BRIEF DESCRIPTION OF THE DRAWINGS

FIG. 1 is a block diagram illustrating the configuration of the transmitting side used in an error correction transmission system;

FIG. 2 is a block diagram illustrating the configuration of the receiving side used in the error correction transmission system;

FIG. 3 is a block diagram illustrating the internal configuration of the error detector and error corrector 4 according to the invention shown in FIG. 2;

FIG. 4 is a time chart for describing the operation of some of the circuits shown in FIG. 3; and

FIG. 5 is a graph for describing the relationship between the bit error ratio and the probability of syndrome generation.

DETAILED DESCRIPTION OF THE PREFERRED EMBODIMENT

The present invention will now be described in detail with reference to the accompanying drawings.

FIG. 1 is a block diagram illustrating the configuration of the transmitting side used in an error correction transmission system. An encoder 1 converts data 100 of f0 bits/sec in transmission rate to data of f1 bits/sec in transmission rate by way of a block code (n, k). In this conversion, the data 100, supplemented with (n-k) redundant bits for every k bits to undergo error correction coding, are turned into coded data 101. The coded data 101 take on a block composition in which each block consists of n bits, including k bits of data and (n-k) redundant bits. The transmission rate of the coded data 101 is f1=[n/k]f0. A modulator 2 modulates a carrier with the coded data 101 to output a modulated signal 102.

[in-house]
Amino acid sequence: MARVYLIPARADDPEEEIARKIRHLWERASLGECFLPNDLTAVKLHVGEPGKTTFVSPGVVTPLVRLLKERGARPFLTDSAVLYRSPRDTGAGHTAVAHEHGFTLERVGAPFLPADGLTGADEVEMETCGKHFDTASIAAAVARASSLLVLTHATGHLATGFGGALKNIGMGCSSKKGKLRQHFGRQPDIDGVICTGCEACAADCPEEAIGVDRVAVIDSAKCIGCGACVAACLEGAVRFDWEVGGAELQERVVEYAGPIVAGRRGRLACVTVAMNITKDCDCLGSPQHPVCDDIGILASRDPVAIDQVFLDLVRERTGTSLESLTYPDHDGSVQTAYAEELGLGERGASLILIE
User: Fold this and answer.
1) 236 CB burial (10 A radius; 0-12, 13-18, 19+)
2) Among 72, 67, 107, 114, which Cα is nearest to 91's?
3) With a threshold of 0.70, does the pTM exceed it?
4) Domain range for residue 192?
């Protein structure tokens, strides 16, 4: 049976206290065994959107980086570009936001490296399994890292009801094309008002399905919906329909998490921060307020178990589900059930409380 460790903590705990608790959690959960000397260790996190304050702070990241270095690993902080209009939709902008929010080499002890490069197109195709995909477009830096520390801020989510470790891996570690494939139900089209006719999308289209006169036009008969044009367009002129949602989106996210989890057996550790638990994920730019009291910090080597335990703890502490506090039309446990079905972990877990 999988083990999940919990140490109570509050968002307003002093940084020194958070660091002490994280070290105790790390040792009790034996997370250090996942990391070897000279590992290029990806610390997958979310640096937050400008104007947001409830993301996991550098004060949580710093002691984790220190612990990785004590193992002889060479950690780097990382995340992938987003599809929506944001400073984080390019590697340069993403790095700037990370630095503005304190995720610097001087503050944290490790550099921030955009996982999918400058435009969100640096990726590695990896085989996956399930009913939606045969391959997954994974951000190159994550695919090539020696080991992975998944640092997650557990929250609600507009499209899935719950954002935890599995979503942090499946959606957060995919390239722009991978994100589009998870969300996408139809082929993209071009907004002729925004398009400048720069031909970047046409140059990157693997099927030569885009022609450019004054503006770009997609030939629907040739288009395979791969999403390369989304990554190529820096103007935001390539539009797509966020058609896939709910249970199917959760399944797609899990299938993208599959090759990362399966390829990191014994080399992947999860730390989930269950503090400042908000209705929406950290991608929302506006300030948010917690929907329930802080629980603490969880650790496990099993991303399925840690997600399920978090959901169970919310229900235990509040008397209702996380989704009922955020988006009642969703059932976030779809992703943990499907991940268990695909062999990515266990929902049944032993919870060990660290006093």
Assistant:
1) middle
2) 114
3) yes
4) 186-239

FIG. 2 is a block diagram illustrating the configuration of the receiving side used in the error correction transmission system. A demodulator 3 demodulates a modulated signal 102', sent from the transmitting side, and outputs regenerated coded data 103, which constitute a demodulated signal. A decoder comprises an error detector and error corrector 4 and a bit-rate converter 5. The error detector and error corrector 4 subjects the regenerated coded data 103 to error correcting operation to generate a syndrome, and outputs an error pulse 104 which is generated from this syndrome and indicates the presence or absence of any error in each block as will be described in further detail below. The error detector and error corrector 4 also outputs corrected data 105 of f1 bits/sec in transmission rate, having undergone error correction. The bit rate converter 5 removes redundant bits from the corrected data 105, and outputs data 106, whose transmission rate has been converted from f1 to f0 bits/sec. An error radio detector 6 counts the error pulses 104 for a period of i (i is 2 or a greater integer) blocks, calculates the code error ratio by dividing the error pulse count by i, and outputs a bit error ratio (BER) 107, converted from the code error ratio.